Life is like a football game…hard when you’re only 11

So many, many good things to report.

My niece Kelly is coming this weekend to help me unpack my boxes–the ones that aren’t here yet. I can’t tell you how sad I’ve been about missing out on her mad organizational skills. The kids and I started praying last week that our things would get here by Friday so her trip wouldn’t be wasted by the pool (not that a pool trip is ever a waste). Unfortunately our cargo has been held up for the past few weeks in customs with no ETA in sight.

Yesterday morning as I was talking to my mom a call came through from the midwest. Sure enough, Danny and Ruthann were calling to tell me that my things have arrived in Las Vegas, and could they deliver them on Friday?

Then Jason called this afternoon. It looks like I’m catching an early flight to LAX tomorrow so I can rescue Big Green from the clutches of the ever incompetent IAL, the government’s new auto shipping company. My poor baby, I can’t wait to give him a little diesel and bring him on home. Everything is coming up roses and I feel so very blessed.

Miracles, people. They’re everywhere.

But of course, every silver lining has it’s rain cloud.

Tonight I picked Harrison up from football practice and watched as he slumped into the front seat next to me, slamming the door.

“What’s wrong?” I asked.

“I hate football. I’m horrible at this! I can’t catch the ball, I can’t throw the ball, everyone laughs at me…”

And then he started to cry. My wonderful, sweet not-so-little-anymore 11-year-old who’s dad is far away and can’t help him with football this year, started to cry. And it wasn’t little kid fit crying, it was…real crying.

His words and his tears landed on my heart like a pile of bricks. I didn’t even know what to say. Part of me wanted to put my arms around him and tell him he never has to go back, that he doesn’t have to do this hard thing and that football is stupid.

The other part of me wanted to give him the old pep talk about not being a quitter. I’m a mother, I know that if I let him quit just because it’s hard then he’ll never experience the feeling of accomplishment you get when you do something right during a game. It’s such a well-earned adrenaline rush for a kid.

The third part of me wanted to stop and buy him chicken nuggets because he didn’t eat his dinner and being hungry makes everything worse.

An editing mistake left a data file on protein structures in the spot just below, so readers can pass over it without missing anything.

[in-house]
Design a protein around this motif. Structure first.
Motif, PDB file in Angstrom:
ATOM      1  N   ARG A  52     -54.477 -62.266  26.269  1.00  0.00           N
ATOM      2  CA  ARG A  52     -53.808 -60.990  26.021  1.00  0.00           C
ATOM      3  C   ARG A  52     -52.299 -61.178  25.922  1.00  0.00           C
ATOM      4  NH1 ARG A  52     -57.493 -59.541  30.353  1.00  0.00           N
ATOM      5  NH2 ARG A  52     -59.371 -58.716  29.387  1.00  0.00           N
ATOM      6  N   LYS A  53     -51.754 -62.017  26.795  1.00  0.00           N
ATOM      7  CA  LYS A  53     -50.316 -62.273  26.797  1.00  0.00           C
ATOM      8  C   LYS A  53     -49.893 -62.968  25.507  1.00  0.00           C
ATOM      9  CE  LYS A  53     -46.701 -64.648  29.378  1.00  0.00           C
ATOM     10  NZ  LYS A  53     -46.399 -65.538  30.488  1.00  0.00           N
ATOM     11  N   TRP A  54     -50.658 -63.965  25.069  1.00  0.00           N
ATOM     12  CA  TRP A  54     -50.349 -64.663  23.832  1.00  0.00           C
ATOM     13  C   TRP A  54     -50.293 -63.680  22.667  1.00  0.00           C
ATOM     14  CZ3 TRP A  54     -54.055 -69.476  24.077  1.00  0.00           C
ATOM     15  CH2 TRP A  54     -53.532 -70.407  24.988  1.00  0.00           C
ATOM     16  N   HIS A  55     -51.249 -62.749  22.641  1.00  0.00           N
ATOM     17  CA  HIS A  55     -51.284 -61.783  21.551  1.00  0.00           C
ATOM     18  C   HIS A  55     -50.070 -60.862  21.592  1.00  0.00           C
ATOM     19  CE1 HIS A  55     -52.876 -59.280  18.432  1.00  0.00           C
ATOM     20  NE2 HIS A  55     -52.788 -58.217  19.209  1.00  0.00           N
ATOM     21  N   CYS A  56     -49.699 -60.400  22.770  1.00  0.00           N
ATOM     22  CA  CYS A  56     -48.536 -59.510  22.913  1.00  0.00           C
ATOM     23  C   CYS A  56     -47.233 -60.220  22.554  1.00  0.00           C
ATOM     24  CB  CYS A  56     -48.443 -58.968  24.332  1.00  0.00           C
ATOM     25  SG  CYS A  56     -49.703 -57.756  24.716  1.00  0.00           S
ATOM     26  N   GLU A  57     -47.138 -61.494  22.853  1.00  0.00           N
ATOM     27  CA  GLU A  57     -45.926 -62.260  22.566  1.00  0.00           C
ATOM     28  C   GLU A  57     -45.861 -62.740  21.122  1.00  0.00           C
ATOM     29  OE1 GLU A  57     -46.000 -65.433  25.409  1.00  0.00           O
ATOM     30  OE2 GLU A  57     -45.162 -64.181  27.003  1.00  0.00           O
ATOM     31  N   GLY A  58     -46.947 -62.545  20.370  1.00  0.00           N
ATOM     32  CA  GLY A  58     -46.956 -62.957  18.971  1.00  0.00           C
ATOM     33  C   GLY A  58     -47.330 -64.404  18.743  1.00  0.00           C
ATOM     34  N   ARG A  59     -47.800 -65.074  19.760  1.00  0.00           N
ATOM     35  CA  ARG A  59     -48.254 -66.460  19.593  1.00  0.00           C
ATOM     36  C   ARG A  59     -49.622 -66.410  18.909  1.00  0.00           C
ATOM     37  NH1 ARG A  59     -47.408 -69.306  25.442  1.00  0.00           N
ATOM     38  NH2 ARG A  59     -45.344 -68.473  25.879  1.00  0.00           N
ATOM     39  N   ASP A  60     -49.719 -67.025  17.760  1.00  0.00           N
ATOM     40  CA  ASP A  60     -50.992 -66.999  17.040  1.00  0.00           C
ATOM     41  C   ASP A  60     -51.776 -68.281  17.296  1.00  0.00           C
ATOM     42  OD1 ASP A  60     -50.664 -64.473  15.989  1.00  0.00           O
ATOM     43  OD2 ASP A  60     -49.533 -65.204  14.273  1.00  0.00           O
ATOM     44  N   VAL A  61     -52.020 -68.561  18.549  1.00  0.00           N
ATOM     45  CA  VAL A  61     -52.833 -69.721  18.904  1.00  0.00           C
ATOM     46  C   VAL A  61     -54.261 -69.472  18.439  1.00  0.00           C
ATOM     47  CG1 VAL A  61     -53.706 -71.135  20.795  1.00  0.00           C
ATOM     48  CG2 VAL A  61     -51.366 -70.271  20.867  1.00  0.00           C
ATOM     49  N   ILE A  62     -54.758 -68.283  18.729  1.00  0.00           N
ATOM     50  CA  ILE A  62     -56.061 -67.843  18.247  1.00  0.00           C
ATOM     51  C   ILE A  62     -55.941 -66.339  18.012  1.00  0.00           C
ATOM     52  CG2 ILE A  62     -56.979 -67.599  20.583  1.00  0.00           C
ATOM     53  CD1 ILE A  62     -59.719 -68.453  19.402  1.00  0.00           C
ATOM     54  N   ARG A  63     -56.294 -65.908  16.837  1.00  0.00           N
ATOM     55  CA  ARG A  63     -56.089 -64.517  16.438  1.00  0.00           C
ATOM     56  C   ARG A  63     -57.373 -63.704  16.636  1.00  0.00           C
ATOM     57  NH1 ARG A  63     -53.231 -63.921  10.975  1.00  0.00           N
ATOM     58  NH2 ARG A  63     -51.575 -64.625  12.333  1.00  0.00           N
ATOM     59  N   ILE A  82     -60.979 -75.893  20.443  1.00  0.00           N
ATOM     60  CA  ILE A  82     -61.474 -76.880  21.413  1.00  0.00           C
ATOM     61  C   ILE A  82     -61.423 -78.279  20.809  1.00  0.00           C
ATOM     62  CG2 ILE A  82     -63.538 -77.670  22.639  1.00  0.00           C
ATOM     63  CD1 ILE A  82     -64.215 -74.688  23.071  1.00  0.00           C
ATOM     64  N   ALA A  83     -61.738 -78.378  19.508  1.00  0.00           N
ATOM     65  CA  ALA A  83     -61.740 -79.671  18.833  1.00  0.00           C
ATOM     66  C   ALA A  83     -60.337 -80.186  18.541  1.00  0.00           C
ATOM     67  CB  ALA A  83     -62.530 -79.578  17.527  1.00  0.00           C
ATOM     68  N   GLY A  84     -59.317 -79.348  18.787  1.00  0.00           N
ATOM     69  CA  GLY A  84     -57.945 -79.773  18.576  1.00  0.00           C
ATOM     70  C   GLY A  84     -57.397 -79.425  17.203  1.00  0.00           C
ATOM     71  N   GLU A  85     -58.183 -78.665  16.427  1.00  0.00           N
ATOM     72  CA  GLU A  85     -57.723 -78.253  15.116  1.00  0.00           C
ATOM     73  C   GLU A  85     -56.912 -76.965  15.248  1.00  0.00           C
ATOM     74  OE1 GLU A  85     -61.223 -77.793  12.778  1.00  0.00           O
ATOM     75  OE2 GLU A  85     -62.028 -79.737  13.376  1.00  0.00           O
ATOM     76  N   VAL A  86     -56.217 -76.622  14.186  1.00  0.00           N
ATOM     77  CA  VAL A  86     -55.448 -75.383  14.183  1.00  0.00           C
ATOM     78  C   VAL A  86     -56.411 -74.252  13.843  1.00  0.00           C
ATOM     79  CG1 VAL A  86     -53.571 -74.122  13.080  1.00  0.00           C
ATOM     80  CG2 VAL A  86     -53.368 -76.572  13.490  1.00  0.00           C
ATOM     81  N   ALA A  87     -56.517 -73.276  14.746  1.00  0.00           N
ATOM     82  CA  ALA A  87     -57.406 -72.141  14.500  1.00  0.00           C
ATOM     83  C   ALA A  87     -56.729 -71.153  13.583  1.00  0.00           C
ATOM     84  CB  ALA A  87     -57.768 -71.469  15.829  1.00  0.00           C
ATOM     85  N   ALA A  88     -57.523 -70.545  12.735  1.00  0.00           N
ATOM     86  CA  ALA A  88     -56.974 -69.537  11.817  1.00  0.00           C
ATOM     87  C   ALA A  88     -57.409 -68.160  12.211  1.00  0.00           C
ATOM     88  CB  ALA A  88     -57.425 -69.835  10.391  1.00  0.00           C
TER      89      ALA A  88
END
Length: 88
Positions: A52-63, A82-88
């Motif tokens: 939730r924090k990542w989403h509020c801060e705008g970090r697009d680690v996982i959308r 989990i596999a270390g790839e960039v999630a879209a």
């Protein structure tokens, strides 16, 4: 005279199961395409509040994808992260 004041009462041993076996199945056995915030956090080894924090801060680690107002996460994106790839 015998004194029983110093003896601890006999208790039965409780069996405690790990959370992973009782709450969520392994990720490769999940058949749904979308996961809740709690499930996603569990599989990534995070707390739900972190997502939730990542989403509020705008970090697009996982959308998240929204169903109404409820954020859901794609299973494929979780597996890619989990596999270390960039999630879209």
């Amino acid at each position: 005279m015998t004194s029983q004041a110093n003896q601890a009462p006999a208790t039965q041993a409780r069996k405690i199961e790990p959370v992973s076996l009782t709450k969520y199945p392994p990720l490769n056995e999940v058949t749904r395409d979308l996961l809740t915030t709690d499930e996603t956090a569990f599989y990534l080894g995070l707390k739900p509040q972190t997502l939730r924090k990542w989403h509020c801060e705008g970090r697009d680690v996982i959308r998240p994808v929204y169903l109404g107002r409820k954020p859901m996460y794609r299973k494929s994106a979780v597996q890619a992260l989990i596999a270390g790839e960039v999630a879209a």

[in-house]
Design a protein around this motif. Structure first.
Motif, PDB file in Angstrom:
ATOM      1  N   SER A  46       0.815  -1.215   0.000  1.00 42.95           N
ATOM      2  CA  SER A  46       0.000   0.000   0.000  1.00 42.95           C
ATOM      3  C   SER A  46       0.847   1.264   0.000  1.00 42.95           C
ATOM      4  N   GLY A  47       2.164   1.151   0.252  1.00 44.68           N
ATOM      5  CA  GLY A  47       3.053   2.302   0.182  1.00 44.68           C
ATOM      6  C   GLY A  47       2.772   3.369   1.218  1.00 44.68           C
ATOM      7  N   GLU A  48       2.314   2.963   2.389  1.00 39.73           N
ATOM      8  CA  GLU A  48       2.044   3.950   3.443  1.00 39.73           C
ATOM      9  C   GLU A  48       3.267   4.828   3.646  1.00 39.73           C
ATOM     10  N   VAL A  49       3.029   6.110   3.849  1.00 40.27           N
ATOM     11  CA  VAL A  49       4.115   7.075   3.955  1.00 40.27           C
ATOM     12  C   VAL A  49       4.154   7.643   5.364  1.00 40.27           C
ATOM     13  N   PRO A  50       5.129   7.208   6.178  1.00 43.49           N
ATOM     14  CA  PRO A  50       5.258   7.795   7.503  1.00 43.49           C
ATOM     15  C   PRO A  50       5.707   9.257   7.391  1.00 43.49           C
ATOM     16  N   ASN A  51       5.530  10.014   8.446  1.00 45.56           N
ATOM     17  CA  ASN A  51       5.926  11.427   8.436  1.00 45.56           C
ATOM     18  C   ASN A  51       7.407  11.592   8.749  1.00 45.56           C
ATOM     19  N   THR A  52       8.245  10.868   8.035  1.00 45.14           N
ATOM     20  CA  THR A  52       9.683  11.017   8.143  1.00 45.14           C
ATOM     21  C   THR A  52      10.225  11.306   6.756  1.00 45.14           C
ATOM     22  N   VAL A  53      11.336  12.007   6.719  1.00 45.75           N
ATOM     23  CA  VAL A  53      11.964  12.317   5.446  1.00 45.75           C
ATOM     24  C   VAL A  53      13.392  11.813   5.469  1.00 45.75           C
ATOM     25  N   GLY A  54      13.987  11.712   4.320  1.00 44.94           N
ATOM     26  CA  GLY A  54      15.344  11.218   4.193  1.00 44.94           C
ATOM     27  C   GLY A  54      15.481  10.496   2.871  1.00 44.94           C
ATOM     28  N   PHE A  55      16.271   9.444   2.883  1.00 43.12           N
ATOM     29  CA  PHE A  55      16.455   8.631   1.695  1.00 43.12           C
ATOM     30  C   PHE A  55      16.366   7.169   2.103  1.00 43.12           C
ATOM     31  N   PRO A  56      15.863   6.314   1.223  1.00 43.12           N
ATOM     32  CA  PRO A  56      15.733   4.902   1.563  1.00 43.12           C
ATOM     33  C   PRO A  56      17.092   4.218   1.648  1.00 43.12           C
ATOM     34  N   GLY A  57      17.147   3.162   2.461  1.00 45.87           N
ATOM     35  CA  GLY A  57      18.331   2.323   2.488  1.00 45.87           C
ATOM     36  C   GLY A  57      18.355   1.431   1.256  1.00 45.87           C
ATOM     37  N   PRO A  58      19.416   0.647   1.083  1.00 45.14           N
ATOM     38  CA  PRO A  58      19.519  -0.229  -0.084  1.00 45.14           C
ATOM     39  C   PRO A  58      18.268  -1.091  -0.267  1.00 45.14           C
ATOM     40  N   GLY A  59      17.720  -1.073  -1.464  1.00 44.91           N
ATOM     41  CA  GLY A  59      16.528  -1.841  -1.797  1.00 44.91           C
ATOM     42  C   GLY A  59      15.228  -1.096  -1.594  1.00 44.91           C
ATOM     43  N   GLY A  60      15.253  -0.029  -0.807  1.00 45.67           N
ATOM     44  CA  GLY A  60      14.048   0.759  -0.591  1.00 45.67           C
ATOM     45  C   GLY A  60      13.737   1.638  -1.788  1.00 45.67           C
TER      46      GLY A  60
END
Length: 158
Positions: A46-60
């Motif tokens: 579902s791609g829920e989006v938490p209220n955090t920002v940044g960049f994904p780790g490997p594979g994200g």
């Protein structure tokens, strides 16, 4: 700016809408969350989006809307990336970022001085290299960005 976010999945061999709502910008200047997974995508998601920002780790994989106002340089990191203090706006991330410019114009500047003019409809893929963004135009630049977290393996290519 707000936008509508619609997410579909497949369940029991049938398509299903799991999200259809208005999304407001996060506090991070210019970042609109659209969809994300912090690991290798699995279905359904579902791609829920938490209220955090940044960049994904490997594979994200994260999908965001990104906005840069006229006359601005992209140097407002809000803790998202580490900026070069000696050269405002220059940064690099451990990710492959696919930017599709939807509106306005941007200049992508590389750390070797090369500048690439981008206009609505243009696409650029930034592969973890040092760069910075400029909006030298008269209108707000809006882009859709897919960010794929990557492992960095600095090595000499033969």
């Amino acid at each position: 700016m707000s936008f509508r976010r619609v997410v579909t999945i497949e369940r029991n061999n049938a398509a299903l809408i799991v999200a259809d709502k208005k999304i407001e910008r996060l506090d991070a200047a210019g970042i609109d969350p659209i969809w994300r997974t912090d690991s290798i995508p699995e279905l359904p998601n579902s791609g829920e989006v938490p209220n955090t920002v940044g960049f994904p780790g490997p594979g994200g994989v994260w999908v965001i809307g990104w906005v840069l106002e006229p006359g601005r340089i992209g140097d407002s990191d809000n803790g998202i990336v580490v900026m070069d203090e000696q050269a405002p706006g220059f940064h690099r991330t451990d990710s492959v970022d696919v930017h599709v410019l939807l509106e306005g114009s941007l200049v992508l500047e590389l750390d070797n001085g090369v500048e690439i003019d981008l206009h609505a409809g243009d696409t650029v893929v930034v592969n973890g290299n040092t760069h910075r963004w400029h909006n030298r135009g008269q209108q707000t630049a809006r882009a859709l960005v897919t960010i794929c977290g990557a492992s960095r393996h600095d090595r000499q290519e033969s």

I cooed a little at him and fed him some food, then took him home. On a whim I texted my sister Jenny who has a bunch of football crazed boys. I needed some advice, I can’t be the first mother to experience this, right?

She did one better. She had Liam, her big strong 15-year-old football star call Harrison.

When the call came through Harry was so embarrassed that his cousin had found out he was bombing at football that he ran and sat in the closet. I took him the call and put it on speaker phone then left to give them a little privacy.

Only a little privacy, I didn’t want to miss any of Liam’s sage advice.

I listened as Liam told Harrison how it had taken him three years to learn football. In fact, he made Harry promise to stick with it for three years until it got fun. They talked about keeping your chin up when you drop a pass, and Harrison’s current position as rusher on defense.

Then Liam, bless his heart, went one step further.

“Now Harry,” he said, “Do you pay your tithing?”

“Uh, yeah…” Harry said.

“Good. How about fasting? Do you fast on fast Sunday? Are you praying about this every day? ‘Cause you should probably start praying about this tonight, it will really help you.”

I can tell my kid all these same things until I’m blue in the face, but they wouldn’t have 1/10 the impact they had coming from his amazing cousin.

My Harry. He’s got good people looking out for him.